On a cold, drizzly morning last week, artist and journalist Ethan Pettit was standing in front of a big steel door in a stairwell in a nondescript loft building on North 11th Street. Mr. Pettit is a genial, hulking guy with broad, friendly features. Even with his curly, shoulder-length hair, matted down by the rain, he didn’t seem like a likely candidate for drag. But in the 1980s and early ’90s, he appeared as Medea de Vyse at parties and events throughout Williamsburg, including ones held in Arcadia, which was once on the other side of the steel door.
Arcadia was a nightclub that the composer and musician Billy Basinski set up in his sprawling loft apartment. From 1989 until 1997, it hosted concerts and readings and performances in a distinctly un-Williamsburg space.
There was velvet everywhere, and glass. New York’s avant-garde scene always likes to celebrate the gritty and the unfinished, but Arcadia had it both ways: located on a desolate block and in a grungy old factory, it was opulent, a throne room.
“It looked like a Baroque Venetian palazzo,” said Mr. Basinski in a telephone interview from California, where he now lives.
“It looked like a Weimar cabaret on some kind of drugs,” said Mr. Pettit.
Arcadia embodied a particular bohemian period in Williamsburg, a moment that is fading into memory more completely than equivalent moments in Soho or the East Village or the Lower East Side. But now that “downtown” culture has more or less moved entirely to Brooklyn, those heady Williamsburg years seem to have been a premonition. On Wednesday, Issue Project Room is hosting a gala benefit in honor of Mr. Basinski and his club in the McKim, Mead & White building in Downtown Brooklyn that it is renovating into a performance space, planned to open in 2013.
The evening includes the New York premiere of selections from Robert Wilson’s quasi-opera The Life and Death of Marina Abramovic, featuring Mr. Basinski, Ms. Abramovic, and Antony, of the band Antony and the Johnsons, who did some of his first New York performances at Arcadia.
“We wanted to pay tribute to a club that was an inspiration to Issue Project Room,” said Ed Patuto, Issue’s executive director. “Billy’s Arcadia was a place where emerging artists could come and perform and try new things and that is very what we are about. It’s about giving artists and performers the opportunity to experiment. And for people to experience that.”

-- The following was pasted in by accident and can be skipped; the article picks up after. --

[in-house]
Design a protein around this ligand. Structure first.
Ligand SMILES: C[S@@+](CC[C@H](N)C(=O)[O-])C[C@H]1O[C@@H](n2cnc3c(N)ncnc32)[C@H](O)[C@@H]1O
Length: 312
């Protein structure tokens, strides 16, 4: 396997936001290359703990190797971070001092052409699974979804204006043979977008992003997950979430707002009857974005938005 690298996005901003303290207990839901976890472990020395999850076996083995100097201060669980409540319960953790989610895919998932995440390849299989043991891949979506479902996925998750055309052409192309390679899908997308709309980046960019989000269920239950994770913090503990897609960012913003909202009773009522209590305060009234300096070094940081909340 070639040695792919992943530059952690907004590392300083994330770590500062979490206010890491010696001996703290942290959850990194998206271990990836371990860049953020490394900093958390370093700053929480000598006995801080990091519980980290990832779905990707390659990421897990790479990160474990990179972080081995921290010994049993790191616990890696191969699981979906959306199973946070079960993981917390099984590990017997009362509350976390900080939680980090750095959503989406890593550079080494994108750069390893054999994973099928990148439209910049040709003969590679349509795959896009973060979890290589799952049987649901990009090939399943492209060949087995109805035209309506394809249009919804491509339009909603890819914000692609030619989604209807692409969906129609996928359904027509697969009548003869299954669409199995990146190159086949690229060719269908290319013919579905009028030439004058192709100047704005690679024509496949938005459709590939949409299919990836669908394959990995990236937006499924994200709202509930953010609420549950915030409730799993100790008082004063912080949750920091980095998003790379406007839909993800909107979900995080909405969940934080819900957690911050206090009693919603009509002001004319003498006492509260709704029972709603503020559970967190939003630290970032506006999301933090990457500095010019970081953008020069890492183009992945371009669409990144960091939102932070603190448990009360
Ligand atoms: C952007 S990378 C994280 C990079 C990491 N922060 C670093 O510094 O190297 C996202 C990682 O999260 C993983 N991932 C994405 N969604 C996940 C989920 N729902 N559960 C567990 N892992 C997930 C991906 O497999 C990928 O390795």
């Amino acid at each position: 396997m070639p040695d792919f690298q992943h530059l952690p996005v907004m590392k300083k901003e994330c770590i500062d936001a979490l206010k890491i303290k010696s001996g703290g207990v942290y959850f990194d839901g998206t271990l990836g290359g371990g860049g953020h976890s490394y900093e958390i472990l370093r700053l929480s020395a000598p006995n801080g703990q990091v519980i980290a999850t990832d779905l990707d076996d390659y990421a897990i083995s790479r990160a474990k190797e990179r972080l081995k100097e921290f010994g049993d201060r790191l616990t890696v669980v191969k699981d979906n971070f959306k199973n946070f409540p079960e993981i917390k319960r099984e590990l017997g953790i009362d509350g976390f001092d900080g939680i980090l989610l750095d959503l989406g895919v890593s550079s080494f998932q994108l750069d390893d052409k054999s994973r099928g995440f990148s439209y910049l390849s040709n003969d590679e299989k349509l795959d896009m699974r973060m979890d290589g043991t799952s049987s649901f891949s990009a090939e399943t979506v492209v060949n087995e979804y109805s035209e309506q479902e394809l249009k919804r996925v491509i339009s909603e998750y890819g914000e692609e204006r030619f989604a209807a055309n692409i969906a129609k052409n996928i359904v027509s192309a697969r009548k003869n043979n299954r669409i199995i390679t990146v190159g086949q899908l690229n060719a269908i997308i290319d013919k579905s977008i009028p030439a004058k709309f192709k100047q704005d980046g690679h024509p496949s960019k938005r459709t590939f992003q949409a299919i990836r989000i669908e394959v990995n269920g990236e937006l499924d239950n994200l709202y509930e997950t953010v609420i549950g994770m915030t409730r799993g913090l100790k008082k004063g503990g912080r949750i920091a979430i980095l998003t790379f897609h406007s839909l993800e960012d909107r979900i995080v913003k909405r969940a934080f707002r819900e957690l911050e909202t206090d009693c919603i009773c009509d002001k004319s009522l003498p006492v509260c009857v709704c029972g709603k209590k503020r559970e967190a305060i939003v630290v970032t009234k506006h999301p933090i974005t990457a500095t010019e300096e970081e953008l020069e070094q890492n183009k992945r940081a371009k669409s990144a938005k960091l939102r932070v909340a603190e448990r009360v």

It’s hard to walk on Bedford Avenue now and imagine what it was like in the 1980s. Mr. Pettit pointed out the storefront on North Fifth where he lived starting in 1983 (it’s now a Subway sandwich shop). Other than the Senko Funeral Home on the corner, which is still there, he can remember a guy who lived on North Eighth and that’s about it. There were some Polish bars and music clubs up near Greenpoint, and some Latin ones on the south side of Williamsburg, but not much else as far as a cultural scene.
The first gallery Mr. Pettit remembers was one in Greenpoint called Minor Injury, which opened in 1985 and put on mostly group shows. (There was an annual “ego” show: Ego one year, Superego another, Trans Ego another.) A few others opened up in the following years—the Bog, Quiet Place, Ledis Flam—and a small music scene began to develop.
There were antifolk bands. There was a lot of theremin.
In 1989 an Irish woman named Terry Dineen and a Frenchman named Jean-François Pottiez opened a space called the Lizard’s Tail on South Sixth Street. It had a tiny stage raised a foot off the floor; the audiences would replace the beer when it ran out. It was a hit with artists, but not with the police, who had it shut down in 1990.
It had been made clear, though, that Williamsburg was able to sustain an active cultural and social life, and a small group of friends organized a party called the Cat’s Head in an old mustard factory on North First Street on July 14, 1990. There was a second iteration that October, and another party, called the Flytrap, the following June. At the same time, another group, called Lalalandia, was running its own events.
The parties were immersive and immense, jam-packed with installations and performances and eventually drawing thousands of people. The line between performers and attendees was intentionally blurred; the whole thing sounds like a cross between a rave and a children’s birthday party. People crawled up an enormous spider web made of rope; an artist named Dennis DelZotto made enormous inflatable environments.
Mr. Pettit claims that it wasn’t a drug scene, but there was something decidedly edgy about it.
“There was lots of yelling, lots of embarrassing behavior,” he said. “People taking their clothes off.”
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